In early June we plan to visit the coastal town of Bantry, Ireland via a 14-day Celtic Kingdoms cruise. Since it is a new destination for us, we investigated this part of West County Cork.

Preparing to visit, Bantry, IrelandThe town of Bantry – with a population of less than 3,500 — is located at the head of Bantry Bay, a deep water, wind-sheltered harbor on the Atlantic Ocean. This bay has attracted fishermen, merchant ships and warriors for centuries.

A view overlooking part of Bantry, Ireland. Photo by Pam Brophy.

A view overlooking part of Bantry, Ireland. Photo by Pam Brophy.

Bantry is a tender port for cruise ships. While researching this port, I learned that our cruise ship — Holland America’s ms Prinsendam —  will anchor off Glengarriff Harbor, and the ship’s tender boats will deliver us into the town on Glengarriff rather than into the town of Bantry. While this is a common situation, normally the port call would be marketed as Glengarriff (Bantry), Ireland, rather than simply as Bantry, Ireland.

Google map of Glengarriff HarborAccording to Google Maps, it is a 10-mile, 16-minute drive from Glengarriff Harbor to the town of Bantry. We will have to figure out how to get to Bantry from where our ship’s tenders drop us off. We downloaded the Journey Planner travel app for Ireland to check public transportation between Glengarriff Harbor and Bantry. (The TFI Journey Planner is free, and available from the Apple App store, Google Play or the Windows store. The public bus service between the towns appears to be infrequent on the day of our visit, and it doesn’t appear that Uber has made it to Glengarriff or Bantry.

Once we arrive in Bantry, we will most likely stop by the Bantry Tourist Office for maps, directions and a few questions best asked from a local. It’s located in the Old Courthouse by the Wolf Tone Square (the main square in central Bantry.)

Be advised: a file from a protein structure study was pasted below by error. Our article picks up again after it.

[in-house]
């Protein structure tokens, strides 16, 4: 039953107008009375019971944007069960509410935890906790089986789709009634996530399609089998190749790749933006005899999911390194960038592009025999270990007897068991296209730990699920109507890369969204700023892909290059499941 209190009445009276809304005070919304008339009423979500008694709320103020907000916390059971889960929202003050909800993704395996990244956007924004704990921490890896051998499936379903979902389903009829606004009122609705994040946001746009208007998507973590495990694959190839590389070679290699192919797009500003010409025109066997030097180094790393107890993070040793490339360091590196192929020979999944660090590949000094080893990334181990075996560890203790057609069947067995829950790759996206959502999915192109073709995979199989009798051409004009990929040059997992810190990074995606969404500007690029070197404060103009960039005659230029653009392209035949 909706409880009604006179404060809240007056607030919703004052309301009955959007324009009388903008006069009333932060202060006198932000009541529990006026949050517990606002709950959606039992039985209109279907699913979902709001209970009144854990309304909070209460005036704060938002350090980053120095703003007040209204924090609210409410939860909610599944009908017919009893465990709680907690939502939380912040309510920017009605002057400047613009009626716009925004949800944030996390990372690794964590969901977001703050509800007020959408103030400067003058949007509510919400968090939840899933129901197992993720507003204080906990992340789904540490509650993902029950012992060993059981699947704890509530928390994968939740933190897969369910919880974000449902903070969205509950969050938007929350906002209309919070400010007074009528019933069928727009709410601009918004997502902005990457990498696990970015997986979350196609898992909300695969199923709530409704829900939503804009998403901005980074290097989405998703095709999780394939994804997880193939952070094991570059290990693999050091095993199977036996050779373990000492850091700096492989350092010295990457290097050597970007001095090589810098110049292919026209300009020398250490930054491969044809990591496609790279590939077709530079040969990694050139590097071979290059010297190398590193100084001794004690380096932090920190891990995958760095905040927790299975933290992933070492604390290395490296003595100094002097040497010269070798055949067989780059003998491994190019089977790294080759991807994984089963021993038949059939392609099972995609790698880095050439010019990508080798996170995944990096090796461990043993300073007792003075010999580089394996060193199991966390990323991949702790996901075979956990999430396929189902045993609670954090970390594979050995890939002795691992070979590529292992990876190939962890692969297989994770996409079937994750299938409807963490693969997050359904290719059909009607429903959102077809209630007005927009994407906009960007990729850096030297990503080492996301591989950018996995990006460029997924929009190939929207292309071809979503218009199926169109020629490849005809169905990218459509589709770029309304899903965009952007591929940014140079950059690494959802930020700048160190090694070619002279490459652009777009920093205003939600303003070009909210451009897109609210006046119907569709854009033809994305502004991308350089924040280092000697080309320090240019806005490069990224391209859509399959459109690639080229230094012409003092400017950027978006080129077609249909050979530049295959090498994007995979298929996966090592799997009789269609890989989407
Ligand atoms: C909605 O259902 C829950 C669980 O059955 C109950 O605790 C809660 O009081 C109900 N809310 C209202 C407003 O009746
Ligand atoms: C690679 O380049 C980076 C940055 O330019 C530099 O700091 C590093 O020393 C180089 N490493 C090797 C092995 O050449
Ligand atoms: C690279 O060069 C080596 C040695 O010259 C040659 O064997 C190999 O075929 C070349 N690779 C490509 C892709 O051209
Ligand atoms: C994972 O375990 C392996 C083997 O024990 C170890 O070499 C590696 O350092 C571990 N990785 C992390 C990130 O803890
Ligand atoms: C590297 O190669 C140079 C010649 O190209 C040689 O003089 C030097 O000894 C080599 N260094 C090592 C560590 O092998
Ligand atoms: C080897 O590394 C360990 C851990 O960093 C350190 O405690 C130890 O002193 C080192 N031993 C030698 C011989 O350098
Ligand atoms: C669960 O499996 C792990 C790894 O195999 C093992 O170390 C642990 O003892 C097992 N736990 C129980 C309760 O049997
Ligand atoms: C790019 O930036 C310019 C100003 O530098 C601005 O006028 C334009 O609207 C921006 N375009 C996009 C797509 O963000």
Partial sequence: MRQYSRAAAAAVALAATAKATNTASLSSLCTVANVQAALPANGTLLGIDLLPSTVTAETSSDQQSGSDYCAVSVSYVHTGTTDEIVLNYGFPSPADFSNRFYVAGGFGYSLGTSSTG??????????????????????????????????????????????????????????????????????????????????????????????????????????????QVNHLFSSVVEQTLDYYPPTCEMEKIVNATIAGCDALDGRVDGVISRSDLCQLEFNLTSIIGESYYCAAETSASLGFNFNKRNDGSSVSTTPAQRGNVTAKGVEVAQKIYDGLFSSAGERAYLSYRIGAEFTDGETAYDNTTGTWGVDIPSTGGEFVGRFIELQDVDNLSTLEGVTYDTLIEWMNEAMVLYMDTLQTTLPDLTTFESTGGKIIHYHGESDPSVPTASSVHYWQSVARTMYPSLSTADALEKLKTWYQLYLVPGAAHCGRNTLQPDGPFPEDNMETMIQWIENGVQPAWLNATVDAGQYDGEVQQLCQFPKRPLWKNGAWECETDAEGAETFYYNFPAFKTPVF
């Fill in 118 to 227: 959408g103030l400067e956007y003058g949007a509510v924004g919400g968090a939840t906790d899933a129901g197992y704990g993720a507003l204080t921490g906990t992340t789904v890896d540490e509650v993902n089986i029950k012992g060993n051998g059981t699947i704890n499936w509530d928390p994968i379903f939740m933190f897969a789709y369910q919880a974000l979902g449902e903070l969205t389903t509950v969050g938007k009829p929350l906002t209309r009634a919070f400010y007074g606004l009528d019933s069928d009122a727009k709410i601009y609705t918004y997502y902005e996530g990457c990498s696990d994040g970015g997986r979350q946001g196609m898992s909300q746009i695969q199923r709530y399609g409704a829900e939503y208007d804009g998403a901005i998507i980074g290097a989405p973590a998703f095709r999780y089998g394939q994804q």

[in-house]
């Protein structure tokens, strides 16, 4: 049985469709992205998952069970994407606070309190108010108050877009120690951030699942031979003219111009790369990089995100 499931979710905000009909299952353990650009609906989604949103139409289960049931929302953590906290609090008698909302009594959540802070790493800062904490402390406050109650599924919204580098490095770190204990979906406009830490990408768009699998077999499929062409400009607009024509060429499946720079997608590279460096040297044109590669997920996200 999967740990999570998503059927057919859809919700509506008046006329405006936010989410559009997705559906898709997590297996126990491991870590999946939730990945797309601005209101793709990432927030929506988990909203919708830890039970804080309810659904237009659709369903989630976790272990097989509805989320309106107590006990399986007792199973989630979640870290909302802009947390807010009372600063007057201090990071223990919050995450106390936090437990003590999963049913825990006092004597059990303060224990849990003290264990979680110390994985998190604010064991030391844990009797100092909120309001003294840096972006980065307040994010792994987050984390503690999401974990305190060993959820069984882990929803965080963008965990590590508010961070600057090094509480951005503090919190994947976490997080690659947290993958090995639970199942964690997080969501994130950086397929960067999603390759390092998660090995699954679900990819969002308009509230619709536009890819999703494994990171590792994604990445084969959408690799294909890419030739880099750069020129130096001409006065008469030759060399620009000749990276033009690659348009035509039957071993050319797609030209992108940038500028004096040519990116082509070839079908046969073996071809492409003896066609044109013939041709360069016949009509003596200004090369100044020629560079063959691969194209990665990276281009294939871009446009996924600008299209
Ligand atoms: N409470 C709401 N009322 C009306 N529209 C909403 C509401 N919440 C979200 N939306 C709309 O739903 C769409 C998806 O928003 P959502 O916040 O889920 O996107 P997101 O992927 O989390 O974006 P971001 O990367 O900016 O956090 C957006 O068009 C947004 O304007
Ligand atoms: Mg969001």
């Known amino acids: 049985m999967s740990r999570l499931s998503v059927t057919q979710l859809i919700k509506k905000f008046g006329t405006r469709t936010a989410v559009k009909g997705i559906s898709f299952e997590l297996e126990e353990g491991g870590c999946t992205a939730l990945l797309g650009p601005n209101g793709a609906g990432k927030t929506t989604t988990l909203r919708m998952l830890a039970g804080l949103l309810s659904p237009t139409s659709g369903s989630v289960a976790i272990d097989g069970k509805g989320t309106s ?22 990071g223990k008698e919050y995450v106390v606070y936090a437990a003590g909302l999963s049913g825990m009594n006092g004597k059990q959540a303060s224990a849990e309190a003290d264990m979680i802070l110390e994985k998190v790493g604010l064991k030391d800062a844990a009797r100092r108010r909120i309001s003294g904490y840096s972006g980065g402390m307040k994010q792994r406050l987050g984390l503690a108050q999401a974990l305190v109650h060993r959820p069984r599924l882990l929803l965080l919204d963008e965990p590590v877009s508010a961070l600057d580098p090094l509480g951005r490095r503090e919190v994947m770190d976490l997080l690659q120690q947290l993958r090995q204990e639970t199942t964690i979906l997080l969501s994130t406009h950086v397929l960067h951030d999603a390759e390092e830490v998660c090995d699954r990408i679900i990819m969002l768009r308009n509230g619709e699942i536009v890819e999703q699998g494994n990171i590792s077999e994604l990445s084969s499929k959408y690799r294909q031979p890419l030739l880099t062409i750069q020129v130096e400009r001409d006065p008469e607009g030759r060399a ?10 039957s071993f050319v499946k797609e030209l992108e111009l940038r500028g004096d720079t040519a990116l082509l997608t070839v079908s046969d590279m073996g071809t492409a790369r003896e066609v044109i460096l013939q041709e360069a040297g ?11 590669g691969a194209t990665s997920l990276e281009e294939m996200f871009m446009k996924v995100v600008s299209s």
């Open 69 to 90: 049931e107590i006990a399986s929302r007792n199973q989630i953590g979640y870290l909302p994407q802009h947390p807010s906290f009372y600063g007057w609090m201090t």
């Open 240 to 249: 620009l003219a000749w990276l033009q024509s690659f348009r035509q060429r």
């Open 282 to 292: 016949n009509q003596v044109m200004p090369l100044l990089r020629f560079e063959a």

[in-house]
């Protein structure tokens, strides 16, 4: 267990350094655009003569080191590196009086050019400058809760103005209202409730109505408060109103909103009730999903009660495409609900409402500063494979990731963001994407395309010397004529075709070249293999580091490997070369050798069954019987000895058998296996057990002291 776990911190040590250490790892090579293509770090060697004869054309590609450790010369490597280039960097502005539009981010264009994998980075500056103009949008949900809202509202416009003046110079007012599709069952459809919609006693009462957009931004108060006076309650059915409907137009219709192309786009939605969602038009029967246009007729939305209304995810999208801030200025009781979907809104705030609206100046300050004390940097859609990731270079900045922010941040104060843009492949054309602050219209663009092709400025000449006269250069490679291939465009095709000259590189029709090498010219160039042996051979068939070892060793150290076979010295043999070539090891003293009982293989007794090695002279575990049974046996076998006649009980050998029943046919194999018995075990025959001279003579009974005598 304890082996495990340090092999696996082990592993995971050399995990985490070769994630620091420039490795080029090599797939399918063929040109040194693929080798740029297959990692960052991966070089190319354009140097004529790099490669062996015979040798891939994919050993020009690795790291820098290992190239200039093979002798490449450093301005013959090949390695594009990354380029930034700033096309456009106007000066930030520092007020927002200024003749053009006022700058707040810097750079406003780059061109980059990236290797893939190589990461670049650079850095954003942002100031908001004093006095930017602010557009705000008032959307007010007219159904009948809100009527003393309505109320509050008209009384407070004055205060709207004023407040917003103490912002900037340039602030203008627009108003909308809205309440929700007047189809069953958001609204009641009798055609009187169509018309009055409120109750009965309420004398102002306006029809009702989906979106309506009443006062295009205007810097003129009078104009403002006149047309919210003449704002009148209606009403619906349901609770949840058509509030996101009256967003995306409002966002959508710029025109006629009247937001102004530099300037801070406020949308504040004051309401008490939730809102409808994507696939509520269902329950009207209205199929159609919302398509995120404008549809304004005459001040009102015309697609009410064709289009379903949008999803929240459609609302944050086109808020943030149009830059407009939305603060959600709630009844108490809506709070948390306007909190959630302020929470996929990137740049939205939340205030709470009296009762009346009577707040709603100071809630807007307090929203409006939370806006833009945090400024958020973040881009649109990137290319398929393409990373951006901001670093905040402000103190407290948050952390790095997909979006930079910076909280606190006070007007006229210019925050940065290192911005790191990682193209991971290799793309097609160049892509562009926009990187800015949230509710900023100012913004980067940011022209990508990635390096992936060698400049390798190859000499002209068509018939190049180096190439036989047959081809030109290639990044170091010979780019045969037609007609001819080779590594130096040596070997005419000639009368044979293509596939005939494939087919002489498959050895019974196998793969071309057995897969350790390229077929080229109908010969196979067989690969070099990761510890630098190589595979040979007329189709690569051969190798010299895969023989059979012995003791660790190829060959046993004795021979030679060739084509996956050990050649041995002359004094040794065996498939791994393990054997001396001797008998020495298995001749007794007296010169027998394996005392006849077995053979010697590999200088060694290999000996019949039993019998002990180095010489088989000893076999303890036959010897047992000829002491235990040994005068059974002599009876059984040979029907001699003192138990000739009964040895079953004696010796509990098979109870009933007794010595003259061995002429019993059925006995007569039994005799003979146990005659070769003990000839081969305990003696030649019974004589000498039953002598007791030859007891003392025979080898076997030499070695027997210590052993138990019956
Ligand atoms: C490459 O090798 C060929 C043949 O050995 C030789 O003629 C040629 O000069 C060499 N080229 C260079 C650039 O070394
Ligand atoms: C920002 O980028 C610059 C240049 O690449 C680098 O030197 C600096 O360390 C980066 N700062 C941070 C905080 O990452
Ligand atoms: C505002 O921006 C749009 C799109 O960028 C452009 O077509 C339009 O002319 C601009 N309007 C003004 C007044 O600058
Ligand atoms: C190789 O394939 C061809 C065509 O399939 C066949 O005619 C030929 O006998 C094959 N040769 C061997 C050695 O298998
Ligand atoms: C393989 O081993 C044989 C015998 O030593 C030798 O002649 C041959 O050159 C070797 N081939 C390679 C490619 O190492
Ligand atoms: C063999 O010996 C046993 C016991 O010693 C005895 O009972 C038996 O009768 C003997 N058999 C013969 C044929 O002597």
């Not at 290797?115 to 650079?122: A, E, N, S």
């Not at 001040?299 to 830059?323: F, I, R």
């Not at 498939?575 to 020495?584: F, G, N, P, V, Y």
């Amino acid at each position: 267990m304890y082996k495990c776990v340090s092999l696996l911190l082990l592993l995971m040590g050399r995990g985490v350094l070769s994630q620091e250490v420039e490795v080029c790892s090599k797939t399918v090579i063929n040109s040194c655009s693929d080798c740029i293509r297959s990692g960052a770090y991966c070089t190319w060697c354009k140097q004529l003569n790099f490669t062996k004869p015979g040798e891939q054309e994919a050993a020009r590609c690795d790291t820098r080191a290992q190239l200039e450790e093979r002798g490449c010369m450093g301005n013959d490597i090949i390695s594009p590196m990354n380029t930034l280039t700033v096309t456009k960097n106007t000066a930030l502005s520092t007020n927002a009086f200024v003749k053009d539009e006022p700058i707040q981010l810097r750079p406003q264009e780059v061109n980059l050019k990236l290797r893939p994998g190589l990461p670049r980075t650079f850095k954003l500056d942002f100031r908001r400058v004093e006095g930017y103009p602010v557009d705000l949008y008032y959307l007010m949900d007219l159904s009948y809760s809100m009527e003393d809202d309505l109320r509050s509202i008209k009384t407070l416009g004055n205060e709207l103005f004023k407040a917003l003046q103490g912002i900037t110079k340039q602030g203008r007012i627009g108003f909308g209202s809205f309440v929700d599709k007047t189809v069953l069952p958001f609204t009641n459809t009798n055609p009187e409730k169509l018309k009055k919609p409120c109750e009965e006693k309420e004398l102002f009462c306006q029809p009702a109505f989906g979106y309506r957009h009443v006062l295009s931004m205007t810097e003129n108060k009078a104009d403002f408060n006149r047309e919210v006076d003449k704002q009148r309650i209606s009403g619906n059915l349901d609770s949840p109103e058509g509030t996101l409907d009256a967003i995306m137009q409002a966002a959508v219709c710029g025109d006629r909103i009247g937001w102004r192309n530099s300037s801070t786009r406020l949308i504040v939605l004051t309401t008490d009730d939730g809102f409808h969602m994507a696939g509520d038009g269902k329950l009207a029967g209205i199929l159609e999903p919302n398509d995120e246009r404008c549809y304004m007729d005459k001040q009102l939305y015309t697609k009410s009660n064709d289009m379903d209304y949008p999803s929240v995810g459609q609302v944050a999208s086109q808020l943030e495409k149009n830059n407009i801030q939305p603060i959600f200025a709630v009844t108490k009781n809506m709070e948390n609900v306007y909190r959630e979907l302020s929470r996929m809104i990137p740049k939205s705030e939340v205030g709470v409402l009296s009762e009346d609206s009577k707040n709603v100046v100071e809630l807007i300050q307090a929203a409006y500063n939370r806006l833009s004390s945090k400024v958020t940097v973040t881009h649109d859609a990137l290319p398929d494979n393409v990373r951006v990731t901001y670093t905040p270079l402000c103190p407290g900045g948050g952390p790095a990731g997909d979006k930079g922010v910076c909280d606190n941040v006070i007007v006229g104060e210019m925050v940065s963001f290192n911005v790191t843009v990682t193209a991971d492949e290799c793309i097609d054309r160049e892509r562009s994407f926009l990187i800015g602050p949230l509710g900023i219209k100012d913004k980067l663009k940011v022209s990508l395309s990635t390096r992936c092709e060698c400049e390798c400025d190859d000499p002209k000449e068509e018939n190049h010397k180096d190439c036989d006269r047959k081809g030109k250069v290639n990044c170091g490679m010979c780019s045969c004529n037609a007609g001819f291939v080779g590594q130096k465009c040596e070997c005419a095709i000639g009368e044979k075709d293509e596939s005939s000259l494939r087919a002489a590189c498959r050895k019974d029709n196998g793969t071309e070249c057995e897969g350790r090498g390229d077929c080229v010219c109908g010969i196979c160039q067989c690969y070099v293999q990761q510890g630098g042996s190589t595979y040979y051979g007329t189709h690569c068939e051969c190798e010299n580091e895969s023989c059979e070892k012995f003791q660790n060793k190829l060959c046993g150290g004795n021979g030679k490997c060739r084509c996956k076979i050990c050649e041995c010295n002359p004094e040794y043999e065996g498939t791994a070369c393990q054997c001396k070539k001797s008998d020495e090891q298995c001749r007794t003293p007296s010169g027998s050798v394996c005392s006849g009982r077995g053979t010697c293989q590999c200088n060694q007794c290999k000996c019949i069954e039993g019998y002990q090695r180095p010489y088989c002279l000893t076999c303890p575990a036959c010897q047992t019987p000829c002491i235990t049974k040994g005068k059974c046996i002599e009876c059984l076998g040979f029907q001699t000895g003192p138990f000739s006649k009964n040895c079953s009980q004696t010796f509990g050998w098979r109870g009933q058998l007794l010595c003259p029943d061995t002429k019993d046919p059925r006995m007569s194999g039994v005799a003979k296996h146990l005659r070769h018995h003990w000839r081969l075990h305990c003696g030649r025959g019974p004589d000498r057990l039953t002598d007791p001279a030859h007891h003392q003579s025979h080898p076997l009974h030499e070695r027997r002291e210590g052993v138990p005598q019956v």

Based on our pre-trip research, these are the things around the town of Bantry and Bantry Bay that we’d like to explore.

8 Things to Do While Visiting Bantry, Ireland

A statue of Theobald Wolfe Tone also stands in the main square of Bantry, Ireland.

A statue of Theobald Wolfe Tone also stands in the main square of Bantry, Ireland.

1.  Stop by the Theobald Wolfe Tone statute in Bantry’s main square. The square commemorates Dublin-born Theobald Wolfe Tone. Tone led the United Irishmen in an uprising against British rule in Ireland. The United Irishmen, a republican revolutionary group influenced by the ideas of the American and French revolutions, were the main organization behind the Irish Rebellion May to September 1798.

2. Get a latte and a scone or a sausage roll at the Box of Frogs Coffeehouse & Bakery. This highly-rated cafe is located at Bridewell Lane in Bantry. Who can resist a latte dusted with chocolate in the outline of a frog?

map of the Heritage Loop Walks in Bantry, Ireland. Map from Explore West Cork /West Cork People.

map of the Heritage Loop Walks in Bantry, Ireland. Map from Explore West Cork /West Cork People.

3. Take one or all of Bantry’s Heritage Loop Walks – perhaps starting with the Béicín Loop – described as “a short walk on a concrete pathway by the sea, easily accessible from the town center. Wonderful views of Bantry Bay, mountains, and islands in the bay.”  Trail descriptions and map can be accessed at Explore West Cork.

The Bantry House is located on the south side of Bantry Bay near the town of Bantry, Ireland. Photo by Jörg Bittner Unna.